MSc Global Economic Governance and Policy
Minimum Entry Requirements: Minimum Entry Requirements: Upper Second Honours degree in a relevant subject or discipline (UK), CGPA 3.3 for universities with a selective entry policy and CGPA 3.5 for universities with a non-selective entry policy, equivalent undergraduate degree classification from other countries. Relevant professional experience will be taken into consideration.
Start of programme: September intake only
Mode of Attendance: Full-time
Who is this programme for?
- professionals with a strong interest and need in gaining a thorough academic foundation in, and understanding of, current developments in the area of global economic governance.
- graduate students from other disciplinary backgrounds wishing to further their understanding of global economic policy issues and debates through systematic academic study.
- economics graduate students wishing to specialize in global economic policy and governance.
- Prior knowledge of economics is not a requirement.
The MSc Global Economic Governance and Policy is the most recent addition to the Department of Economics’ portfolio of masters programme. The programme builds on the department’s unique combination of expertise – in policy analysis, regional economics, and critical theoretical perspectives – to provide students with an in-depth understanding of core policy debates in the area of global economic governance. Specifically, the programme focuses on:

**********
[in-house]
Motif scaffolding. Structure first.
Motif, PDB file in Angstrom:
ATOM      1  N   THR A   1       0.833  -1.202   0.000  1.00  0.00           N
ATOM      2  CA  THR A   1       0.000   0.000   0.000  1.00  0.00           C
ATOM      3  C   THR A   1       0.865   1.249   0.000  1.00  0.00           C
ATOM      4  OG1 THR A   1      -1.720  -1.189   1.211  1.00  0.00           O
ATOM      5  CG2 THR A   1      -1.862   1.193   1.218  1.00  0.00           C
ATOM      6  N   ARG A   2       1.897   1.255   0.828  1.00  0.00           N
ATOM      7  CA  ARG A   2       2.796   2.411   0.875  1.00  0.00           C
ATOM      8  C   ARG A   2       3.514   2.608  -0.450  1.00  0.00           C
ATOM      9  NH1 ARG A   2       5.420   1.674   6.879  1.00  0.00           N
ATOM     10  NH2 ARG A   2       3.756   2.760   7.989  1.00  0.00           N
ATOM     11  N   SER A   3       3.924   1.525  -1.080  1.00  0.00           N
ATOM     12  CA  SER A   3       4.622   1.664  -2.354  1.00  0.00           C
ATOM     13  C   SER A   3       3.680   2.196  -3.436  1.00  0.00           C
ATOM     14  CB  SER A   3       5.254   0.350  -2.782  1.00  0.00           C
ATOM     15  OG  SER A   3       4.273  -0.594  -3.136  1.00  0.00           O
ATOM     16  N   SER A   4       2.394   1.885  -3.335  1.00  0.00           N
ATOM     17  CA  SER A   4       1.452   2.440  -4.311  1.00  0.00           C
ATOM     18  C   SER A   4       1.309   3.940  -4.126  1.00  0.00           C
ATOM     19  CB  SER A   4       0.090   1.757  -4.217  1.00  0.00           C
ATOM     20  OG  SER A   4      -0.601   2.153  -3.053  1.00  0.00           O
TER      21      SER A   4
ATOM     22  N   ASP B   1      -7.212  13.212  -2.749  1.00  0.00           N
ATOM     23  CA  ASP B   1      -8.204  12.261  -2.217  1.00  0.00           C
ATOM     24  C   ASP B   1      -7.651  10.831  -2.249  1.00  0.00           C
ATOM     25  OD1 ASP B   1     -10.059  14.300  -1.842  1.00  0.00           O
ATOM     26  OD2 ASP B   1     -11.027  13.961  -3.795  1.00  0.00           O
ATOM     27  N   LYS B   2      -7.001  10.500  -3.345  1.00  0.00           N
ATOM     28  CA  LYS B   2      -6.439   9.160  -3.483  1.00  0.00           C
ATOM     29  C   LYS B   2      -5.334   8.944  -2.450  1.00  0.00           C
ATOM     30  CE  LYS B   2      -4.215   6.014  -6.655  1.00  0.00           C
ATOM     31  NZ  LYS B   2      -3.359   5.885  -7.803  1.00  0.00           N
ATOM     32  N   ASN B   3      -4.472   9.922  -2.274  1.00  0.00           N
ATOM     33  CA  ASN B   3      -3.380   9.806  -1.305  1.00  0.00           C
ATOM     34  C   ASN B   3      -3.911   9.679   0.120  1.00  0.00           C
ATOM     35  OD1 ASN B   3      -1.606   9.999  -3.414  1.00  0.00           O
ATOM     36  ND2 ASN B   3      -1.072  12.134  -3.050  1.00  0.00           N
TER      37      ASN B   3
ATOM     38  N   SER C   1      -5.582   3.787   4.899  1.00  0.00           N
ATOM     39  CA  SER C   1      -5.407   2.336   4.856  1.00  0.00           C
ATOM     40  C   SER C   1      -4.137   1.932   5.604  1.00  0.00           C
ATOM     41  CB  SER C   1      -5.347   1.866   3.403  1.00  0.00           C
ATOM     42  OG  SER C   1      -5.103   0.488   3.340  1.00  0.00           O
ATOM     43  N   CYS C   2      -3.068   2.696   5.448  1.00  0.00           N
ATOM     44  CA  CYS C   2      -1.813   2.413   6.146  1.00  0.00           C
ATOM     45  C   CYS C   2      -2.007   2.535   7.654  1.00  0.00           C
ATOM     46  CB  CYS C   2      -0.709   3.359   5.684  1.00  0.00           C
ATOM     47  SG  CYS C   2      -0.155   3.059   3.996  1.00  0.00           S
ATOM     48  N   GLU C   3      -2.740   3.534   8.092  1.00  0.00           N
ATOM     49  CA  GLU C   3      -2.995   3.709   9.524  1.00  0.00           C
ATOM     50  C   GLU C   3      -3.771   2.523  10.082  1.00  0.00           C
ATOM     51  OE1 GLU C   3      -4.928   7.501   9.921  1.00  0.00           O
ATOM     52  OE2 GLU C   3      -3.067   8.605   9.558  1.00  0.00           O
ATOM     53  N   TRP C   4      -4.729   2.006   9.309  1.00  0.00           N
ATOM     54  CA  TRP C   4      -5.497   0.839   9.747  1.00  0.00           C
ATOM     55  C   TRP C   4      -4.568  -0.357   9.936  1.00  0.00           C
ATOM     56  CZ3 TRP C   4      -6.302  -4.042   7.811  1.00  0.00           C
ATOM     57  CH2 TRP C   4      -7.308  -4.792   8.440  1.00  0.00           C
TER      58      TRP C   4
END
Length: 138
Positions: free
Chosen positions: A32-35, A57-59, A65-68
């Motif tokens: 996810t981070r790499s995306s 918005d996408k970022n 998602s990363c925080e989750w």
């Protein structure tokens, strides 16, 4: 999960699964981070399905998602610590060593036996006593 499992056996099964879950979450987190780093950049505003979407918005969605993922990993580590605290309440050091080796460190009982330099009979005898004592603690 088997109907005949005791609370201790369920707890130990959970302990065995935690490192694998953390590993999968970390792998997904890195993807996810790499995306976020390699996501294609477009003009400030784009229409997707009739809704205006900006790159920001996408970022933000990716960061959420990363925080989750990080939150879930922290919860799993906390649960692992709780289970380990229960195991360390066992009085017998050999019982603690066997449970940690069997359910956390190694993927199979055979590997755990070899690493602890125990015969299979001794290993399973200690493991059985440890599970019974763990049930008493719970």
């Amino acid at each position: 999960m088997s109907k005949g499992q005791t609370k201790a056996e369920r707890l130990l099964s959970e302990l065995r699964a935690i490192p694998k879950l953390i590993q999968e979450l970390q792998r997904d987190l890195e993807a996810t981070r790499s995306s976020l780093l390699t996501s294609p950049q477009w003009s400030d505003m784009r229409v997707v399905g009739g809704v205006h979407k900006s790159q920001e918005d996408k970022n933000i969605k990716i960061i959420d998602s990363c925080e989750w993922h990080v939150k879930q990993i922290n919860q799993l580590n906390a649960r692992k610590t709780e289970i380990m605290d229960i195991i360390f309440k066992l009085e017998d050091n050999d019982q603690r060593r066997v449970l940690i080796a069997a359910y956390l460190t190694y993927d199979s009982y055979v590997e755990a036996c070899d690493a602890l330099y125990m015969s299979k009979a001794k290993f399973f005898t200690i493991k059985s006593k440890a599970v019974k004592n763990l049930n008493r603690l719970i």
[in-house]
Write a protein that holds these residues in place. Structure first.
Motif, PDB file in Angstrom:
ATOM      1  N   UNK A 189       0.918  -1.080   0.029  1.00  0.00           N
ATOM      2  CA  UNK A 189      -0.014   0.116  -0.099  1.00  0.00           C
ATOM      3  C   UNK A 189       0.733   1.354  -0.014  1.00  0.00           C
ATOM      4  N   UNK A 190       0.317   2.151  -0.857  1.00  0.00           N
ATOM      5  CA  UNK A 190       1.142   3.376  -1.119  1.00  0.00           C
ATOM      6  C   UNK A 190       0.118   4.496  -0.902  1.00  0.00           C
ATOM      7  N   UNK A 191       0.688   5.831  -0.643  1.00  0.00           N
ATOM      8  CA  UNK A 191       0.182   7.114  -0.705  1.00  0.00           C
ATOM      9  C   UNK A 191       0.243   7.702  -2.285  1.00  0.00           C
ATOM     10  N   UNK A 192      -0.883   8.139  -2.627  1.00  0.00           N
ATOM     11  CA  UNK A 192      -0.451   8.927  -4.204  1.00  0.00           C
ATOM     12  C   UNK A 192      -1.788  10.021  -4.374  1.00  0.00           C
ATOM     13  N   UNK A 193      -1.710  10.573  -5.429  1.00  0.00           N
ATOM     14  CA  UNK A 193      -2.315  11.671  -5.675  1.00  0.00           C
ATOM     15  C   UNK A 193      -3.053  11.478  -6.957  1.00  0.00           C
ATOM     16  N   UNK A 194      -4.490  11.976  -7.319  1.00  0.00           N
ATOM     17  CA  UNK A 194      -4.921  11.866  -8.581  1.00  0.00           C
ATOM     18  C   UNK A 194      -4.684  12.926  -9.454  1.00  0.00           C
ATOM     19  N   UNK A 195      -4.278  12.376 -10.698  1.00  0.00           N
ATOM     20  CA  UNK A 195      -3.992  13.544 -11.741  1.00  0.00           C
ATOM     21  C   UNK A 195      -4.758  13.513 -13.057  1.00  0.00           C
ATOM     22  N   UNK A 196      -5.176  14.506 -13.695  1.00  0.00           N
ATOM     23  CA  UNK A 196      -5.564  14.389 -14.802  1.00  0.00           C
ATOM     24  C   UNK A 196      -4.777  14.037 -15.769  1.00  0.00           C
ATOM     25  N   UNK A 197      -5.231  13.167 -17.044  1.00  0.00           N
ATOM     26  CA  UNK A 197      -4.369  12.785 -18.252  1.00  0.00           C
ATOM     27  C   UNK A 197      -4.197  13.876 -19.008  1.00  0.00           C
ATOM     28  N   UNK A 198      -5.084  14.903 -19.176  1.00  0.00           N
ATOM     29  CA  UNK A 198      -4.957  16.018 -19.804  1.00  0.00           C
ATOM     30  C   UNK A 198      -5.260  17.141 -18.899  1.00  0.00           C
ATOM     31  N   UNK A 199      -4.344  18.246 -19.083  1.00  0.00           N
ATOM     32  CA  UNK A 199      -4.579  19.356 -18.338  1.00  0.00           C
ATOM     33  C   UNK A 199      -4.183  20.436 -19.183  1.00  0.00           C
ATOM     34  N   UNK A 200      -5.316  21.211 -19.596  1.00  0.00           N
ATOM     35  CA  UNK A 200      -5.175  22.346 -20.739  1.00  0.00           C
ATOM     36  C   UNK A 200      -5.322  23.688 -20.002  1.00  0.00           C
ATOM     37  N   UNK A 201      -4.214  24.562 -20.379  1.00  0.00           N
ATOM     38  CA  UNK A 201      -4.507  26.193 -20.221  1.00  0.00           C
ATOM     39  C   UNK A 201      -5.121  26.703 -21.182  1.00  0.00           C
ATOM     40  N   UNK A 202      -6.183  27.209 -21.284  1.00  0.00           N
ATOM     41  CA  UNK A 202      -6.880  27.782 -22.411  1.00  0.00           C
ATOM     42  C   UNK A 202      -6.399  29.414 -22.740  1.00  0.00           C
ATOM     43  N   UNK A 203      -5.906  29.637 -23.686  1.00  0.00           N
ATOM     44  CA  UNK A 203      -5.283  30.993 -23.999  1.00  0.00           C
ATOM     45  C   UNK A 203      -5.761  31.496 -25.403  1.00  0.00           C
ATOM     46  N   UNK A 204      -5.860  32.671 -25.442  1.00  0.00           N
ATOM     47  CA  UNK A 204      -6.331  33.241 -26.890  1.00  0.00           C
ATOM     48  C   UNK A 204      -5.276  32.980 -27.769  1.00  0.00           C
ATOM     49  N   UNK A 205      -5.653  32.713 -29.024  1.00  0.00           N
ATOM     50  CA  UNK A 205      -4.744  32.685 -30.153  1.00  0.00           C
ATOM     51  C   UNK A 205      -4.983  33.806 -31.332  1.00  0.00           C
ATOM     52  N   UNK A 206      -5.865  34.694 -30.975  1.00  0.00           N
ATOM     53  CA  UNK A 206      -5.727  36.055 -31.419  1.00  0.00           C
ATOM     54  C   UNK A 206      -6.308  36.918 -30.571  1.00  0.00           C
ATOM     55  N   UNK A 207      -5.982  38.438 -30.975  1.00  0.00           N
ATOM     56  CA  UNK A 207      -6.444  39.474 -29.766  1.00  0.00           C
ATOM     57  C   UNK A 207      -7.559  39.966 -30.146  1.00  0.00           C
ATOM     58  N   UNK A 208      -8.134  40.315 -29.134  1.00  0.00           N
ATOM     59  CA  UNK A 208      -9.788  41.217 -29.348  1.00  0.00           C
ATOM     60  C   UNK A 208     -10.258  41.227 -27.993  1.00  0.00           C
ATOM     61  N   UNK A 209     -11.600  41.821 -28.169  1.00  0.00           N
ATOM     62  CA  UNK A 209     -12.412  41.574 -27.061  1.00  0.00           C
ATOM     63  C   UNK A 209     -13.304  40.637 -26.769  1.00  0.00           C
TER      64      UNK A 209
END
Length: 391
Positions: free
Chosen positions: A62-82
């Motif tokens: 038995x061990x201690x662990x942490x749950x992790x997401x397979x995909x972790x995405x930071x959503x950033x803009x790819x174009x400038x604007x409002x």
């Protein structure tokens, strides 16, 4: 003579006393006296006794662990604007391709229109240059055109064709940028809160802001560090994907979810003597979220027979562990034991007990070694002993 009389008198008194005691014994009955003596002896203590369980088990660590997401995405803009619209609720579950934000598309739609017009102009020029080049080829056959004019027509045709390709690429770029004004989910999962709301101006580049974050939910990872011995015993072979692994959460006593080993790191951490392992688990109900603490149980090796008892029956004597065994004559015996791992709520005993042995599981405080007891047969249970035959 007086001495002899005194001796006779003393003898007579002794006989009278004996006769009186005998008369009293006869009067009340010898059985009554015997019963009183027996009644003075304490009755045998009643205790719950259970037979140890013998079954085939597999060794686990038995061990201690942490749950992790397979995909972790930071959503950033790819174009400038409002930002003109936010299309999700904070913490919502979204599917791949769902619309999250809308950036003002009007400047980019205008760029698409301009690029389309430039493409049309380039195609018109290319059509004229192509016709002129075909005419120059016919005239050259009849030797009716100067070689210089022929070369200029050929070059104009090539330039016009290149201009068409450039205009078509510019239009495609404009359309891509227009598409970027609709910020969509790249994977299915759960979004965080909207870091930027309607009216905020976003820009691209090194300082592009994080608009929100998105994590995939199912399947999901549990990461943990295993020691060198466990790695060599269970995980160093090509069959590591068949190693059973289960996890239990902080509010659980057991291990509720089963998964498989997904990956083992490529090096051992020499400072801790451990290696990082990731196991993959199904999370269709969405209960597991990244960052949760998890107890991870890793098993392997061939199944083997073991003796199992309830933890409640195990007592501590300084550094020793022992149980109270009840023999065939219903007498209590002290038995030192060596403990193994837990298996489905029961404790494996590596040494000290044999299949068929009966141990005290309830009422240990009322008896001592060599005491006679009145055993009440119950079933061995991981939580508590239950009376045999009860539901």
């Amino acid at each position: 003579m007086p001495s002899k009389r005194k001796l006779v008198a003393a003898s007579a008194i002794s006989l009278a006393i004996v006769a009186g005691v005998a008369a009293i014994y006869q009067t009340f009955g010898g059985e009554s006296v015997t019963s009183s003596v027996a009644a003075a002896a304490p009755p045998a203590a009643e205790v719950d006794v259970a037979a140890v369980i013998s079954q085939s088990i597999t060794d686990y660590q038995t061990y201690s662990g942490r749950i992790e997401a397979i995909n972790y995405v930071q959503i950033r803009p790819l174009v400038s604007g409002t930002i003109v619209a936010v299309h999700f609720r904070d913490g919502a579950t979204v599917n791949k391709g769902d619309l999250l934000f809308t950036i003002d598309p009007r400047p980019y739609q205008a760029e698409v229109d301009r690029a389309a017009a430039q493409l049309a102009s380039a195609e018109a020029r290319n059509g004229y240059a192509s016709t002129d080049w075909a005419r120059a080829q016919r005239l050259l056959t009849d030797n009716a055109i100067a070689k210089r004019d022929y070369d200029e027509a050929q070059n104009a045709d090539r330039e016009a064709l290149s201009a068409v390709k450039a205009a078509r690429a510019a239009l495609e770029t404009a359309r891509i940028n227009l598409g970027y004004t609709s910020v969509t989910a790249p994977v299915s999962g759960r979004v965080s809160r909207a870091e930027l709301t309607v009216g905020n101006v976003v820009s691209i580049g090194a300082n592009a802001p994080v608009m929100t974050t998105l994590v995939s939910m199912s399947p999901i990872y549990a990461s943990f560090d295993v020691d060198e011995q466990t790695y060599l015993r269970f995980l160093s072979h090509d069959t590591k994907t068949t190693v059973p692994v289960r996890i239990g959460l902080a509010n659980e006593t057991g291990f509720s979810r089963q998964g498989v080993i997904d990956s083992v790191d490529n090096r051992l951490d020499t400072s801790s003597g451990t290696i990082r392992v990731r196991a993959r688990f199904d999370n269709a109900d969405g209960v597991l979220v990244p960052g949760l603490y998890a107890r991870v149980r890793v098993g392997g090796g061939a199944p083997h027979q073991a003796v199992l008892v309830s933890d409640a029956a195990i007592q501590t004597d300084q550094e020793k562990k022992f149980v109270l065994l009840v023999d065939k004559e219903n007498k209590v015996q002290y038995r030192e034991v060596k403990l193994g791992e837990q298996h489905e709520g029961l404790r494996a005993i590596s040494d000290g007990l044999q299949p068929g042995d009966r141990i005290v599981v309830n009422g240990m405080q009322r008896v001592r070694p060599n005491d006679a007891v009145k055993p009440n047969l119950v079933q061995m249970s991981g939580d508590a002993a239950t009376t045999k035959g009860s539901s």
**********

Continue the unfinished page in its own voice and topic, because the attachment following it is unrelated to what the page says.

- global economic governance: It offers in-depth specialization in this area of wider global governance.
- economic policy: It provides high-level training in the understanding and critical evaluation of economic policy issues, design and solutions, their foundation in the evolution of economic theory and methods, as well as critical discussion of the application of policy design to real-world problems, such as issues of implementation and monitoring.
- regional specificities within the global economy: It provides a differentiated analysis of problems of global economic governance from a range of regional perspectives, in advanced as well as developing country regions.
The programme is taught through two dedicated core courses (Global Economic Governance I: Global Economic Policy Debates and Analysis and Global Economic Governance II: Institutional and Governance Debates on Economic Development and Growth). In addition, students can choose from a wide range of optional courses and will write a 10.000-word dissertation.
All students wishing to take optional module(s) in the School of Law but do not have an undergraduate Law degree must complete an intensive two-week preliminary module in Law and Legal Method which is taught from 11 September - 22 September 2017. The School of Law preliminary module fee for 2017/18 is £350.
The MSc in Global Economic Governance and Policy is a new Masters programme designed for professionals and postgraduate students, with or without a prior background in economics, who wish to gain a focused and in-depth understanding of contemporary economic governance and policy debates from an Economics perspective.